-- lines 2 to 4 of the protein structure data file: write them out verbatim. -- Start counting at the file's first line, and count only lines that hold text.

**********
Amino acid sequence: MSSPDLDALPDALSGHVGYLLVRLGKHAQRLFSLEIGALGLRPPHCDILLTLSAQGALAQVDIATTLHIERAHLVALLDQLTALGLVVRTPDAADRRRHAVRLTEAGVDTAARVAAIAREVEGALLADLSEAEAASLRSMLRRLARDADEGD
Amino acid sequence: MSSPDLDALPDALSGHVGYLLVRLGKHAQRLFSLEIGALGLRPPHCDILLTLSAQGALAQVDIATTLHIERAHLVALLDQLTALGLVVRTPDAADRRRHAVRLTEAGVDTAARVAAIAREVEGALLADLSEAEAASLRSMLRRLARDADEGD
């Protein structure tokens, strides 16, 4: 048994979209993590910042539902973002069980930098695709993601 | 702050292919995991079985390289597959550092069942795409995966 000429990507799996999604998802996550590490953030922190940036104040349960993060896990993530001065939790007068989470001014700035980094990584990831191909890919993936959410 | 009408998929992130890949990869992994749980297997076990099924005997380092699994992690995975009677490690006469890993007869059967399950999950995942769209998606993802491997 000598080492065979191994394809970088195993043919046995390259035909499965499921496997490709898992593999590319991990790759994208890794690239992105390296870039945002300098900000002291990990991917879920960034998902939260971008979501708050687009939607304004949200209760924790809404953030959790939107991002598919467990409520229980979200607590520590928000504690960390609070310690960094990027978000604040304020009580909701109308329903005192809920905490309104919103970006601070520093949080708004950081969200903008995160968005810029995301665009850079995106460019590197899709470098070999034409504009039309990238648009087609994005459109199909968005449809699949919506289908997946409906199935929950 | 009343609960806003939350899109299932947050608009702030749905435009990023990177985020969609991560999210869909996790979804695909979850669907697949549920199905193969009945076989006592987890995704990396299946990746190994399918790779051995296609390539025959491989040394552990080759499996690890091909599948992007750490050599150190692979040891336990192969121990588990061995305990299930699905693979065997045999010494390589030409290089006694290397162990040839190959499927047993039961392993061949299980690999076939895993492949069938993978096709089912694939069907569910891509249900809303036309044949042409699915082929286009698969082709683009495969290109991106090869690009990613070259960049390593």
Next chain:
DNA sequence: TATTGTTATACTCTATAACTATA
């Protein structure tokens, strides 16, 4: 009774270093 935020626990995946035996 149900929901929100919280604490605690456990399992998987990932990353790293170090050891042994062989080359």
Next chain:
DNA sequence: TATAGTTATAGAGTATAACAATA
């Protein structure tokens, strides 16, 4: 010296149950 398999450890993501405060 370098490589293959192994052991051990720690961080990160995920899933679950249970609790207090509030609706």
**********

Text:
Amino acid sequence: MSSPDLDALPDALSGHVGYLLVRLGKHAQRLFSLEIGALGLRPPHCDILLTLSAQGALAQVDIATTLHIERAHLVALLDQLTALGLVVRTPDAADRRRHAVRLTEAGVDTAARVAAIAREVEGALLADLSEAEAASLRSMLRRLARDADEGD
């Protein structure tokens, strides 16, 4: 048994979209993590910042539902973002069980930098695709993601 | 702050292919995991079985390289597959550092069942795409995966 000429990507799996999604998802996550590490953030922190940036104040349960993060896990993530001065939790007068989470001014700035980094990584990831191909890919993936959410 | 009408998929992130890949990869992994749980297997076990099924005997380092699994992690995975009677490690006469890993007869059967399950999950995942769209998606993802491997 000598080492065979191994394809970088195993043919046995390259035909499965499921496997490709898992593999590319991990790759994208890794690239992105390296870039945002300098900000002291990990991917879920960034998902939260971008979501708050687009939607304004949200209760924790809404953030959790939107991002598919467990409520229980979200607590520590928000504690960390609070310690960094990027978000604040304020009580909701109308329903005192809920905490309104919103970006601070520093949080708004950081969200903008995160968005810029995301665009850079995106460019590197899709470098070999034409504009039309990238648009087609994005459109199909968005449809699949919506289908997946409906199935929950 | 009343609960806003939350899109299932947050608009702030749905435009990023990177985020969609991560999210869909996790979804695909979850669907697949549920199905193969009945076989006592987890995704990396299946990746190994399918790779051995296609390539025959491989040394552990080759499996690890091909599948992007750490050599150190692979040891336990192969121990588990061995305990299930699905693979065997045999010494390589030409290089006694290397162990040839190959499927047993039961392993061949299980690999076939895993492949069938993978096709089912694939069907569910891509249900809303036309044949042409699915082929286009698969082709683009495969290109991106090869690009990613070259960049390593």
Next chain: